Terminal operators engaged in the loading and discharging of high density solid bulk cargoes are not always aware of the increased stress, torsional, bending and shear forces to which a vessel may b subjected during these operations, Very often speed of loading or discharging is the only consideration and thus this may result in a wrong distribution of cargo, which may damage the vessel. The loading or discharging plan prepared by the ship's officers takes into account the various factors which may cause undue stress and should be adhered to. However, supervision by the ship's officers is often difficult and, even with almost instant communication, the high loading speeds can cause overloading and thus damage in a very short time.
It is therefore important that the Charterers instruct Terminal Operators to closely follow the loading or discharging plans and IMO has recently issued a Ship/Shore Safety Checklist to ensure that there is proper co-operation between Terminal Operators and Vessel's Command during cargo operations.
In view of the heightened awareness of the problem BIMCO has been requested to draft a Standard Clause for inclusion in Charter Parties, which places the responsibility on the Charterers to instruct the Terminal Operators to carry out cargo operations ion accordance with the IMO guidelines.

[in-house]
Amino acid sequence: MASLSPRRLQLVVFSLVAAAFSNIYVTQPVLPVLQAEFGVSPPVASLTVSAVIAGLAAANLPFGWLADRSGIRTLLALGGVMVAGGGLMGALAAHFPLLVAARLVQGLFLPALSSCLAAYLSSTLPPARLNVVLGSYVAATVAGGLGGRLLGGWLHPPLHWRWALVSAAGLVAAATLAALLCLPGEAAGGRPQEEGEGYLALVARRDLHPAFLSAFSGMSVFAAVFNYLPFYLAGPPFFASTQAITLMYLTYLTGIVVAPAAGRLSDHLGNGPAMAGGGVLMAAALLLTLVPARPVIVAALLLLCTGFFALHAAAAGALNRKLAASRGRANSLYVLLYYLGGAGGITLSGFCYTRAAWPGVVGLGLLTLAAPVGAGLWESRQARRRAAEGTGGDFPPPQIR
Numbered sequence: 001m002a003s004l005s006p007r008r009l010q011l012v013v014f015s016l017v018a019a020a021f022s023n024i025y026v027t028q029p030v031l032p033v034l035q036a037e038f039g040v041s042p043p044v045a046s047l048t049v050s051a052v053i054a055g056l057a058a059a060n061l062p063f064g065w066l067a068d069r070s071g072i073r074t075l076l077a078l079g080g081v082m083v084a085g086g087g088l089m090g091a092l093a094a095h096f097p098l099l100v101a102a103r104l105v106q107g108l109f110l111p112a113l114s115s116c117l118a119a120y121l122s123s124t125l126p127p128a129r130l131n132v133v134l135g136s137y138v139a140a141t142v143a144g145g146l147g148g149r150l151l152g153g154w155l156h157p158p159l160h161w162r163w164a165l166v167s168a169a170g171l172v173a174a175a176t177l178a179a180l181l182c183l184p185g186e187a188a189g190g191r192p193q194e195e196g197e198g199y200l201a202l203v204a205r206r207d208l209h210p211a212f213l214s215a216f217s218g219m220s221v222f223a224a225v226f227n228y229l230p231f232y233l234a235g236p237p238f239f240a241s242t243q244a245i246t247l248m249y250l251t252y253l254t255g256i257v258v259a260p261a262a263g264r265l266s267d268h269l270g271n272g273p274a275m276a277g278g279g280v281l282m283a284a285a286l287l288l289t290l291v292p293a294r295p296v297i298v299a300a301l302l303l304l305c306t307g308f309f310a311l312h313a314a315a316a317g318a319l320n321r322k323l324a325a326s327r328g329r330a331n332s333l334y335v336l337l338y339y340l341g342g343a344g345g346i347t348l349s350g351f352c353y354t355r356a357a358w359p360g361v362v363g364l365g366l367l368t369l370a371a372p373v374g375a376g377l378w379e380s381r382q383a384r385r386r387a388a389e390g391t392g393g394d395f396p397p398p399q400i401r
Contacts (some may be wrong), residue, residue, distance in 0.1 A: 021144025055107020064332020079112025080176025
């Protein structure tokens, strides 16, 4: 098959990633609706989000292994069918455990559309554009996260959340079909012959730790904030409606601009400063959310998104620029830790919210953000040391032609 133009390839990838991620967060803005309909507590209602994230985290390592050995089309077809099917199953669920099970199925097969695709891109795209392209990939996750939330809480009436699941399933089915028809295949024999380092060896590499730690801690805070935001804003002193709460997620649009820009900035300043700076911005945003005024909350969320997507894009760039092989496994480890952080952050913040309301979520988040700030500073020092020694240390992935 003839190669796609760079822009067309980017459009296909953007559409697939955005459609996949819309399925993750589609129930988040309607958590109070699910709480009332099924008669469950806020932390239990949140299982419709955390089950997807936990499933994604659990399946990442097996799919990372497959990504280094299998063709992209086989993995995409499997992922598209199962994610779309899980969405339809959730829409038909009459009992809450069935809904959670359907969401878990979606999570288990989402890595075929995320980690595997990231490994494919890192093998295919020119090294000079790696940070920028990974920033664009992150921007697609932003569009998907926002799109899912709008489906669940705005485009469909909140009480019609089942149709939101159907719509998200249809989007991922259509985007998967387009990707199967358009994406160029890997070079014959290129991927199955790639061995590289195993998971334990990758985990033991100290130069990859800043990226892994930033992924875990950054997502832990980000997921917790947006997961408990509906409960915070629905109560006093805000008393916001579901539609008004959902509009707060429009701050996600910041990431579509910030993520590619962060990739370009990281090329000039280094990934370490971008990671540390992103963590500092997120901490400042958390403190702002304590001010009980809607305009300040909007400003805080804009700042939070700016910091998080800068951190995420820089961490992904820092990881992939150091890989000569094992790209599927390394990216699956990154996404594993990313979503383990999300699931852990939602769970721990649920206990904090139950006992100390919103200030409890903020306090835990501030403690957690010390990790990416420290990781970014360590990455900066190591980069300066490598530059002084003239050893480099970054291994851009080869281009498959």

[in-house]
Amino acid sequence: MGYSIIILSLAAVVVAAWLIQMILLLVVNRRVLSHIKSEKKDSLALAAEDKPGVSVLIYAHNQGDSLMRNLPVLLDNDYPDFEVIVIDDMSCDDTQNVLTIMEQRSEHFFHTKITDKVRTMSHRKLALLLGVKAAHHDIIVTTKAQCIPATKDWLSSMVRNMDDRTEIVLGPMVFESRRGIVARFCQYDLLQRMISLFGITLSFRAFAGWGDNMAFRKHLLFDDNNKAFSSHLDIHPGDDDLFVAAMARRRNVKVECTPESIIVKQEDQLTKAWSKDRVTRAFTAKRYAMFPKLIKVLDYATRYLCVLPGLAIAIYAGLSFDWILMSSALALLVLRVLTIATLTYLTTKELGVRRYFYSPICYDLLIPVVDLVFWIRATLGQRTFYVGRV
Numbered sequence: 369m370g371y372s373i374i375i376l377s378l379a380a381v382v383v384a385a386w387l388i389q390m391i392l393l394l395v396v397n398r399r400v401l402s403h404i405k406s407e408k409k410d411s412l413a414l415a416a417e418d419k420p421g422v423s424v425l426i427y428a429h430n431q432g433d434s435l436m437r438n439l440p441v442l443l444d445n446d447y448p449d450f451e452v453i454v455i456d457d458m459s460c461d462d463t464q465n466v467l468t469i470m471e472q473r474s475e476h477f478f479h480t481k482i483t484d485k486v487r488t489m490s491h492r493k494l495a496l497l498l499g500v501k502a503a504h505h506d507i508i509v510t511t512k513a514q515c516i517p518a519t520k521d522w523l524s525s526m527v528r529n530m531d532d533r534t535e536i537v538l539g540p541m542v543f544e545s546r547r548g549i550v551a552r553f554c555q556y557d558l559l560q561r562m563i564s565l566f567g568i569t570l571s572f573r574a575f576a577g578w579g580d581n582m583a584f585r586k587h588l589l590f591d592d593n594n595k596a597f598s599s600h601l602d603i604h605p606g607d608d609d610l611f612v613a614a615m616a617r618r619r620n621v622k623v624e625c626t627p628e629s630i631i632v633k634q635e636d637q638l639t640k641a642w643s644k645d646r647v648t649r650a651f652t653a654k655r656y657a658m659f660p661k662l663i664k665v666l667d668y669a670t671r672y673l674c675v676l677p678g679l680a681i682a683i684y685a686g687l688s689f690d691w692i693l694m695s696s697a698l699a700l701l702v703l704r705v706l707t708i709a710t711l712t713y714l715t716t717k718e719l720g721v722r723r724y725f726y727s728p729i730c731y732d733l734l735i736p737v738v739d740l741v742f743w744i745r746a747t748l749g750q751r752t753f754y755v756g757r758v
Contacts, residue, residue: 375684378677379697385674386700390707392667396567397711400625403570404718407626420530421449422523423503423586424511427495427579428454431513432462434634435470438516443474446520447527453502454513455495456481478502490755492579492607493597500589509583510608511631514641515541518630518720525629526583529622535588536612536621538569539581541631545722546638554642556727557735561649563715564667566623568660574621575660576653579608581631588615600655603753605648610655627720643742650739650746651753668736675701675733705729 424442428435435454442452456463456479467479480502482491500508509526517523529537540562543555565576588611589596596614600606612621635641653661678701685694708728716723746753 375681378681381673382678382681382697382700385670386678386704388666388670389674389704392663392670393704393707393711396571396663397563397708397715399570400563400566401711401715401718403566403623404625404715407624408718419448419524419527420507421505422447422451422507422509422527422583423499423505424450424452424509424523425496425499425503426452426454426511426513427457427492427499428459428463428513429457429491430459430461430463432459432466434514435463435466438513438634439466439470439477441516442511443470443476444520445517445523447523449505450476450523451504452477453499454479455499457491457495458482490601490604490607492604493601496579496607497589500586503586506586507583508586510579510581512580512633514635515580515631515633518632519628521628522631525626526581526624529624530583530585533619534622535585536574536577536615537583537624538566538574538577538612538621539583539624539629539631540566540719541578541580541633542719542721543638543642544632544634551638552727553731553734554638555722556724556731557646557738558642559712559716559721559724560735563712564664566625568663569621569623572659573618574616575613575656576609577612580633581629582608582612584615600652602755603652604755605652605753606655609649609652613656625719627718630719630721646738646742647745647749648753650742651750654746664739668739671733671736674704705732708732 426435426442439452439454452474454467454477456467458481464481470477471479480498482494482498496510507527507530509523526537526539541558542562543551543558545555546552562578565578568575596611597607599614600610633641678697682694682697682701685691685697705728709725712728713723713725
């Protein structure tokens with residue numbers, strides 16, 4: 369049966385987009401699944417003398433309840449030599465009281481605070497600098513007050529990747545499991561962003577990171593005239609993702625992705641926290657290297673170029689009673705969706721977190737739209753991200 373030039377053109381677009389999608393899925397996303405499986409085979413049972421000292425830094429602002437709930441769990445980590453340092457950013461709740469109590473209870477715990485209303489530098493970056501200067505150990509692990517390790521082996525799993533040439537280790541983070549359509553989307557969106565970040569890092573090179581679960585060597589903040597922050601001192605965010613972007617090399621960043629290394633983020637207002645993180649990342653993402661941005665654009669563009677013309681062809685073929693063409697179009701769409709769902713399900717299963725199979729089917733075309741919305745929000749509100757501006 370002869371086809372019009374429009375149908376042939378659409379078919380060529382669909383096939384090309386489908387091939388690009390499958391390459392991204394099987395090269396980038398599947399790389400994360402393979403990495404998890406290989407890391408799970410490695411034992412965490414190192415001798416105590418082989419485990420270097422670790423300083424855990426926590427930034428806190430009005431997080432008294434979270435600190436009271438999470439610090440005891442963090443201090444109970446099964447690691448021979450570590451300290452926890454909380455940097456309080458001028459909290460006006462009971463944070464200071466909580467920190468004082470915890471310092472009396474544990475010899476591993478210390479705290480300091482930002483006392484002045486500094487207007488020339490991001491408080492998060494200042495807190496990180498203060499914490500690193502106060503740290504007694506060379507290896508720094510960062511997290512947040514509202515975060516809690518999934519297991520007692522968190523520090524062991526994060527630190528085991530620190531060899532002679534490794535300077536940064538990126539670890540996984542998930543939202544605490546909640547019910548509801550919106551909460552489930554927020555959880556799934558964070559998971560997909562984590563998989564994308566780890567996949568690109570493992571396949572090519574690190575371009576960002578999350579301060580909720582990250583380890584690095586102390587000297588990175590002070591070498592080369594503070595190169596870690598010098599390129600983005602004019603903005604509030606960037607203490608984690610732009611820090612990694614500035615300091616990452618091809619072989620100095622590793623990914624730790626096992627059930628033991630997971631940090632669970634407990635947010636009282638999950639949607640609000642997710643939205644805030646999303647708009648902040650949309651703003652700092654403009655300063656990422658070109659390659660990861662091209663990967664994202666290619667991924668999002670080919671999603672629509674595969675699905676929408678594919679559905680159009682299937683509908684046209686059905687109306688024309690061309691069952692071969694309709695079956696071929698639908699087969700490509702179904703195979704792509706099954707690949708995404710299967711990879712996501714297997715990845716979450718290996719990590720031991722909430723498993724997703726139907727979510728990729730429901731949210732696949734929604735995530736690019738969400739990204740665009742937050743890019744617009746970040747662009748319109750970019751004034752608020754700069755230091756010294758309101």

At its meeting in May 1996 the Documentary Committee adopted the new Standard "Bulk Carrier Safety Clause".
For easy reference the IMO Guidelines for completing the Ship/Shore Safety Checklist is reproduced below.
Ship/Shore Safety Checklist For Loading or Unloading Dry Bulk Cargo Carriers
- Guidelines for Completion
- 1. Is the depth of water at the berth, and the air draught, * adequate for the cargo operations to be completed ?
- 2. Are mooring arrangements adequate for all local effects of tide, current, weather, traffic and craft alongside?
- 3. In emergency, is the ship able to leave the berth at any time?
- 4. Is there safe access between the ship and the wharf?
- 5. Is the agreed ship/terminal communications system operative?
- 6. Are the liaison contact persons during operations positively identified?
- 7. Are adequate crew on board, and adequate staff in the terminal, for emergency?
- 8. Have any bunkering operations been advised and agreed ?
- 9. Have any intended repairs to wharf or ship whilst alongside been advised and agreed?
- 10. Has a procedure for reporting and recording damage from cargo operations been agreed?